AutoLayout Headaches

The new larger iPhones and iOS 8 are here. Xcode 6, upgraded to deal with these new beasts, is also ready for download. Anyone who has written apps designed for the iPhone has to make sure their apps run on these new devices and the new iOS. Previous iPhones had two different heights (3.5 and 4 inches) but were the same width. The new iPhones are not only longer, but are wider. With the previous devices, it was relatively easy to design for the slightly different heights. Now the developer has to deal with layouts that work with many different aspect ratios. If your app is a universal app (i.e. runs on iPhone and iPad) there are even more sizes that you must deal with.

Anticipating this, Apple, a few versions back, introduced AutoLayout to take the place of their older layout system using springs and struts. With AutoLayout, you place your widgets where you want and, automagically, they retain their relationship with different screen sizes or when rotating the screen. Or so it’s supposed to work in theory.

As it turns out, AutoLayout introduces its own set of headaches which rank up there with your worst migraines. Let’s begin.

Intrinsic AutoLayout

If you have AutoLayout turned on (which is the default now), any prior layouts you have, whether you used springs and struts or absolute layouts, will be converted to the AutoLayout system. Any new layouts will use the AutoLayout system automatically. When placing widgets, the dotted blue guidelines will have more meaning than they did before. For example, if you center a widget using the blue lines, that widget will appear centered with different device sizes or with rotation. This is called intrinsic AutoLayout, and the effect is added at run-time. That means, somewhat surprisingly, that when you change device size using Interface Builder (IB), the layout won’t look right.


Layout appears off center on 5.5" iPhone 6 Plus
Layout appears off center on 5.5″ iPhone 6 Plus (click to enlarge)

But if you run the simulator, the layout will look fine.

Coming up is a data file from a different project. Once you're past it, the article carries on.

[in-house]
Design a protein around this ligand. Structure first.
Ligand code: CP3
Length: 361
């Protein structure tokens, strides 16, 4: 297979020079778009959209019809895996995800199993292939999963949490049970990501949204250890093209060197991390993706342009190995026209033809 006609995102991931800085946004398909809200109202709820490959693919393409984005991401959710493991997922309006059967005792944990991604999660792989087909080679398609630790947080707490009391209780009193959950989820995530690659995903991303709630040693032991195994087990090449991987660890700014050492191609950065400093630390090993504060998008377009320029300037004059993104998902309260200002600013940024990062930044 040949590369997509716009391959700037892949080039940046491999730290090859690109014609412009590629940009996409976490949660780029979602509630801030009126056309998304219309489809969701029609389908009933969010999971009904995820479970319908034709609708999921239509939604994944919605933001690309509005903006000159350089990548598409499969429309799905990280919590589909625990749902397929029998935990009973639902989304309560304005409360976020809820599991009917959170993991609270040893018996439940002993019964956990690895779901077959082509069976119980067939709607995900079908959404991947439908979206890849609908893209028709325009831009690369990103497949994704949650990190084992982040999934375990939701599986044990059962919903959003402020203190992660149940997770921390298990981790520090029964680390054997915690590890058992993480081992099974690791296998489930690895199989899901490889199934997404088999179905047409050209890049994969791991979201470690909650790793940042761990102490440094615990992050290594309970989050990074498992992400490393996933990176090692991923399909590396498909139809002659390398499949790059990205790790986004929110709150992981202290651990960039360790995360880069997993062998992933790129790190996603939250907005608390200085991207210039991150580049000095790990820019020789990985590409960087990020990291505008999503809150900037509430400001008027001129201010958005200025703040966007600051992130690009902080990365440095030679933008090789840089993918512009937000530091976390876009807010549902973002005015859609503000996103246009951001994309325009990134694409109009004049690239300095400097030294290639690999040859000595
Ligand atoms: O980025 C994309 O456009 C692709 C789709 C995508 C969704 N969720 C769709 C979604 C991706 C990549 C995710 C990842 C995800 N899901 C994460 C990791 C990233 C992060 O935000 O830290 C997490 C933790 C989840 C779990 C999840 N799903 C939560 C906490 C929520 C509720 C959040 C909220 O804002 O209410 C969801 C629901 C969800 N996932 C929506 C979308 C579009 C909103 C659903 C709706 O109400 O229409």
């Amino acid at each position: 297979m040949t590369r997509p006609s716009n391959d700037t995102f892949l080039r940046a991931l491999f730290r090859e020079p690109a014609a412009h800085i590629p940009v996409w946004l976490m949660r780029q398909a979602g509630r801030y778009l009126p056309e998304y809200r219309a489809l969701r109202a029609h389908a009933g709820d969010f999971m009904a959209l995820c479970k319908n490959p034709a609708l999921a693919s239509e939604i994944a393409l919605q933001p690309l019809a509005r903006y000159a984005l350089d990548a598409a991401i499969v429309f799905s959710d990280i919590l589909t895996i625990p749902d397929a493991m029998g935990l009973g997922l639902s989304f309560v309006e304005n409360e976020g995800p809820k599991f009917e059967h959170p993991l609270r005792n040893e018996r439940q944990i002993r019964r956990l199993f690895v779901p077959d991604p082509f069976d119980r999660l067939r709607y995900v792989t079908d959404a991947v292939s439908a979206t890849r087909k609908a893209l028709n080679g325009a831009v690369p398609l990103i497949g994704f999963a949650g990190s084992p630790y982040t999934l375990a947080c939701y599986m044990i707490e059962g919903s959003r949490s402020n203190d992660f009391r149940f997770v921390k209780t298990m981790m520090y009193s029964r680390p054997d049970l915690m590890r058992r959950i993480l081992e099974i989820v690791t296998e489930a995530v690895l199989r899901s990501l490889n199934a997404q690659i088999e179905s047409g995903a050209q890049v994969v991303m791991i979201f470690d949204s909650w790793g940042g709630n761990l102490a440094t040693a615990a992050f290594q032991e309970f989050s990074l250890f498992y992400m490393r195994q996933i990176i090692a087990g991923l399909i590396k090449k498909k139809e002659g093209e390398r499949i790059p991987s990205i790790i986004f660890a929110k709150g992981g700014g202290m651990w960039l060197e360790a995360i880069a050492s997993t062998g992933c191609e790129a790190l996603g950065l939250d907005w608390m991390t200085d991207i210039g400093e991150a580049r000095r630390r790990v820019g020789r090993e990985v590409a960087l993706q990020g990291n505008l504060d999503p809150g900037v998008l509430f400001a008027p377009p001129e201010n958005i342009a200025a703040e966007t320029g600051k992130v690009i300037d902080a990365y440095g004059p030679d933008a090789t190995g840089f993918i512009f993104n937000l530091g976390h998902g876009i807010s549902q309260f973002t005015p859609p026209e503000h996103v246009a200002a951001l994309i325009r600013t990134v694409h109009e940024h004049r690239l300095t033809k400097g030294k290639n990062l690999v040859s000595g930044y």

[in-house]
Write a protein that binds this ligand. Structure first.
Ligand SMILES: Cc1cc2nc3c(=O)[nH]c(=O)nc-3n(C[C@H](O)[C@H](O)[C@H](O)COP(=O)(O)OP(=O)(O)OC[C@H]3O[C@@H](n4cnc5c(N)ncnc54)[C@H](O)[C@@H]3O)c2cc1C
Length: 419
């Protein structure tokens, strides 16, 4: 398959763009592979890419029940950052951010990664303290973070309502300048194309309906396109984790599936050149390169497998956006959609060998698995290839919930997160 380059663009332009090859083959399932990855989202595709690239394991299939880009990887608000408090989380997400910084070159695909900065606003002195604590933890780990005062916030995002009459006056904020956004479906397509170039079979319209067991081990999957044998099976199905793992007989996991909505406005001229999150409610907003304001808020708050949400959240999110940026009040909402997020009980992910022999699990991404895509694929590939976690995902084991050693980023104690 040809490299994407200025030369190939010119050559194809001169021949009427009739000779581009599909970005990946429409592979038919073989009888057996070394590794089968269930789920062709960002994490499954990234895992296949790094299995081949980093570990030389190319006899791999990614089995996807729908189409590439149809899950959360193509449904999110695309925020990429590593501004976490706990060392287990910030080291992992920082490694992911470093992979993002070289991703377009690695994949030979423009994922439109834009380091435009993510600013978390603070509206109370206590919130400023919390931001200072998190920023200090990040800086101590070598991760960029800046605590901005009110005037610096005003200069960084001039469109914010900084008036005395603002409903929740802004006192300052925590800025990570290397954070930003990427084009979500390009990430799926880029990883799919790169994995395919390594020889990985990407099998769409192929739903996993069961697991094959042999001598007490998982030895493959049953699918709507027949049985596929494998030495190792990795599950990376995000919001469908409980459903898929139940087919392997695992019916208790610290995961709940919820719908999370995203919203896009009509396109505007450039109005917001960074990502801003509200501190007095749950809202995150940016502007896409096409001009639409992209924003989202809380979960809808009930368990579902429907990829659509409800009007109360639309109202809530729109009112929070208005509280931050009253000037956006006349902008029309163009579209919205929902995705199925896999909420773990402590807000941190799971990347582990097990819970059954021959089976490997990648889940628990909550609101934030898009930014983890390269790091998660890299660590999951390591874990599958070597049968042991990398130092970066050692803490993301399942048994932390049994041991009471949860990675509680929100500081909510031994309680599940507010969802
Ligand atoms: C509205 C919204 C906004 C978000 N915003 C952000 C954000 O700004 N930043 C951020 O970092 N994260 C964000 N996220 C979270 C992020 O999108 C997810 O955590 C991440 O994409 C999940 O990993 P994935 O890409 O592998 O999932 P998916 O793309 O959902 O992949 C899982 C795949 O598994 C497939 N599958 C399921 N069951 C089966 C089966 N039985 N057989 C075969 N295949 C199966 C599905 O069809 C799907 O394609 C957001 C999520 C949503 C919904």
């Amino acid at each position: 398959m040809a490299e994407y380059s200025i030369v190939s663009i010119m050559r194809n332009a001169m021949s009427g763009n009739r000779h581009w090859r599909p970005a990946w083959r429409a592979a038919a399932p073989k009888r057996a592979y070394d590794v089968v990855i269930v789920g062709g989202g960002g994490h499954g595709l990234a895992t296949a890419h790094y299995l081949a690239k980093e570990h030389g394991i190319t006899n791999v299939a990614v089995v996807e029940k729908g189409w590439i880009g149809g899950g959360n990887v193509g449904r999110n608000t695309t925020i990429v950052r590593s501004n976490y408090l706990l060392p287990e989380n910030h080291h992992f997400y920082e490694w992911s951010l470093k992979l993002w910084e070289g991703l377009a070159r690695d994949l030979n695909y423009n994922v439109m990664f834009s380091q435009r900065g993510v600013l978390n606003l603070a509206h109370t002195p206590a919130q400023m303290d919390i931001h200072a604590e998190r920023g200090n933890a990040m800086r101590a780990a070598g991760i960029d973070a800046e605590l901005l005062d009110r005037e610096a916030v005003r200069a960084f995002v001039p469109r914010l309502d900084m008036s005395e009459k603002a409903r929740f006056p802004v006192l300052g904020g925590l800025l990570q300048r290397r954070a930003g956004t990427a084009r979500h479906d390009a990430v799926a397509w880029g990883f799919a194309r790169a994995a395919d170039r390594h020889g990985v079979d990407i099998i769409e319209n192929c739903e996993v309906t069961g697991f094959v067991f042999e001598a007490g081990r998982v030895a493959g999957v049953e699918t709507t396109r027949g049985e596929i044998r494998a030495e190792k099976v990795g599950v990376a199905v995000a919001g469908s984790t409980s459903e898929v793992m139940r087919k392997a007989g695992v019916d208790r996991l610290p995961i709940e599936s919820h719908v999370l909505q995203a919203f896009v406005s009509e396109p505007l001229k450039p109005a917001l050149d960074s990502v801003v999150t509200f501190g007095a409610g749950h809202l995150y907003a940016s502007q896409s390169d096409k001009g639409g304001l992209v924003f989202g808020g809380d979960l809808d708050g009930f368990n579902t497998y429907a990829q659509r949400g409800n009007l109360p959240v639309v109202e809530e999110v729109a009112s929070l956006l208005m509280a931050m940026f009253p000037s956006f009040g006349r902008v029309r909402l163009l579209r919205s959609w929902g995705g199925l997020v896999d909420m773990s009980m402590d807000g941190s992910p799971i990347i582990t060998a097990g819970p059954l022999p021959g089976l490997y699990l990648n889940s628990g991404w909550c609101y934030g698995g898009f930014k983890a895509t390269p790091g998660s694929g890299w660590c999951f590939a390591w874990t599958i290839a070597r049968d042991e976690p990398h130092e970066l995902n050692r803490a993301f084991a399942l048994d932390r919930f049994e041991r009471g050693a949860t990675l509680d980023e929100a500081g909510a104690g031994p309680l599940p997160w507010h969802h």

Same layout appears nicely centered when running on iPhone 6 Plus simulator
Same layout appears nicely centered when running on iPhone 6 Plus simulator (click to enlarge)

Hopefully that will be true when running on the new hardware itself, but since I don’t have an iPhone 6 I can’t test this. The moral of this story is don’t start fiddling with your layout because it looks weird on IB. Run your app on the simulator at each size (and on hardware if you have it). Most of your layouts will look OK on the larger iPhones due to intrinsic AutoLayout.

Explicit AutoLayout

If you need to alter what is produced by intrinsic AutoLayout, you have to manually add constraints. Constraints are a rigorous description of a relation between two views. Examples include centering a widget in a superview, fixing a widget’s height, but allowing width to change, and setting a fixed distance between two widgets. Constraints are actually pretty cool in theory and can be added in code. But using IB, once you start adding constraints all hell breaks loose.

Suppose everything about your view looks good, but you want the bottom of your widget to be pinned to the bottom of the view it is contained in. So you add that one constraint. With that one action you have blown away the intrinsic AutoLayout system and IB will inform you that you have all sorts of ambiguous heights and widths. So if you add any constraints in IB, you have to add constraints to all the widgets. There is a menu item to do this, and suddently there are about 50 constraints added to your view. And here you hit your first surprise. Even though you are targeting your app for iOS 7, Xcode adds constraints that are incompatible with iOS 7!